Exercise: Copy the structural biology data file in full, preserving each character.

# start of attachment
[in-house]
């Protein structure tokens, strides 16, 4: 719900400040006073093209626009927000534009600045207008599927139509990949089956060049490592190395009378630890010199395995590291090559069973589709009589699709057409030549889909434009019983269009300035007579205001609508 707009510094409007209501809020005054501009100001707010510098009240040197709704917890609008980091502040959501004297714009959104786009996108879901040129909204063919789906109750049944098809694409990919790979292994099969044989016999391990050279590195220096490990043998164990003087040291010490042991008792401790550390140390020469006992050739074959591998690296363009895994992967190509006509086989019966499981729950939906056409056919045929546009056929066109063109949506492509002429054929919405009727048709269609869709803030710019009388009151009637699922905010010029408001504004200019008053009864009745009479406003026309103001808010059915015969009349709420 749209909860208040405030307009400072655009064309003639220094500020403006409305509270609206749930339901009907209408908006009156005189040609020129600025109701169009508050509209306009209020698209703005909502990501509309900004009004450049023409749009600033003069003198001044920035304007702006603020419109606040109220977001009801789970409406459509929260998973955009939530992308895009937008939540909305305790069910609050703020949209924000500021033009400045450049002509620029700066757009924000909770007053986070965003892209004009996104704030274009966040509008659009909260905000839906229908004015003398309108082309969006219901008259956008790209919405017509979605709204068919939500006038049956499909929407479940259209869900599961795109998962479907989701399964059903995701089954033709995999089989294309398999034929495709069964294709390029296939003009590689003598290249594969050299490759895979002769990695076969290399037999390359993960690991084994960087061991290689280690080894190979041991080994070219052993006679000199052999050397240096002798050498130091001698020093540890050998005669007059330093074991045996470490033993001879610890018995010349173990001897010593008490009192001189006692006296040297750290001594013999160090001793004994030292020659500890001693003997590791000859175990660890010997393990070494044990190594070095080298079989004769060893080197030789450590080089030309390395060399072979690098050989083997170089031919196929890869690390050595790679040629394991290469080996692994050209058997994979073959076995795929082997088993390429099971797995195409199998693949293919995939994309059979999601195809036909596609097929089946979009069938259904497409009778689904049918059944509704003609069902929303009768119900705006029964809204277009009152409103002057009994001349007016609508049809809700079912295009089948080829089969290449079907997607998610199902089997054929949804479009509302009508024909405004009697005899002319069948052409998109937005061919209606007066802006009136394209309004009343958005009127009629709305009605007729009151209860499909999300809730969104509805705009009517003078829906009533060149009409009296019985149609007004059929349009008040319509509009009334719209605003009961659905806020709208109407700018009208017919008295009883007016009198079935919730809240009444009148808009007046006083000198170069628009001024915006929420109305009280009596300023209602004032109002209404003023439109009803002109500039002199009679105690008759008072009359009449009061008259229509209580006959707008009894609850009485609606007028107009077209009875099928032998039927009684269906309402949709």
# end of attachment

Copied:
[in-house]
């Protein structure tokens, strides 16, 4: 719900400040006073093209626009927000534009600045207008599927139509990949089956060049490592190395009378630890010199395995590291090559069973589709009589699709057409030549889909434009019983269009300035007579205001609508 707009510094409007209501809020005054501009100001707010510098009240040197709704917890609008980091502040959501004297714009959104786009996108879901040129909204063919789906109750049944098809694409990919790979292994099969044989016999391990050279590195220096490990043998164990003087040291010490042991008792401790550390140390020469006992050739074959591998690296363009895994992967190509006509086989019966499981729950939906056409056919045929546009056929066109063109949506492509002429054929919405009727048709269609869709803030710019009388009151009637699922905010010029408001504004200019008053009864009745009479406003026309103001808010059915015969009349709420 749209909860208040405030307009400072655009064309003639220094500020403006409305509270609206749930339901009907209408908006009156005189040609020129600025109701169009508050509209306009209020698209703005909502990501509309900004009004450049023409749009600033003069003198001044920035304007702006603020419109606040109220977001009801789970409406459509929260998973955009939530992308895009937008939540909305305790069910609050703020949209924000500021033009400045450049002509620029700066757009924000909770007053986070965003892209004009996104704030274009966040509008659009909260905000839906229908004015003398309108082309969006219901008259956008790209919405017509979605709204068919939500006038049956499909929407479940259209869900599961795109998962479907989701399964059903995701089954033709995999089989294309398999034929495709069964294709390029296939003009590689003598290249594969050299490759895979002769990695076969290399037999390359993960690991084994960087061991290689280690080894190979041991080994070219052993006679000199052999050397240096002798050498130091001698020093540890050998005669007059330093074991045996470490033993001879610890018995010349173990001897010593008490009192001189006692006296040297750290001594013999160090001793004994030292020659500890001693003997590791000859175990660890010997393990070494044990190594070095080298079989004769060893080197030789450590080089030309390395060399072979690098050989083997170089031919196929890869690390050595790679040629394991290469080996692994050209058997994979073959076995795929082997088993390429099971797995195409199998693949293919995939994309059979999601195809036909596609097929089946979009069938259904497409009778689904049918059944509704003609069902929303009768119900705006029964809204277009009152409103002057009994001349007016609508049809809700079912295009089948080829089969290449079907997607998610199902089997054929949804479009509302009508024909405004009697005899002319069948052409998109937005061919209606007066802006009136394209309004009343958005009127009629709305009605007729009151209860499909999300809730969104509805705009009517003078829906009533060149009409009296019985149609007004059929349009008040319509509009009334719209605003009961659905806020709208109407700018009208017919008295009883007016009198079935919730809240009444009148808009007046006083000198170069628009001024915006929420109305009280009596300023209602004032109002209404003023439109009803002109500039002199009679105690008759008072009359009449009061008259229509209580006959707008009894609850009485609606007028107009077209009875099928032998039927009684269906309402949709």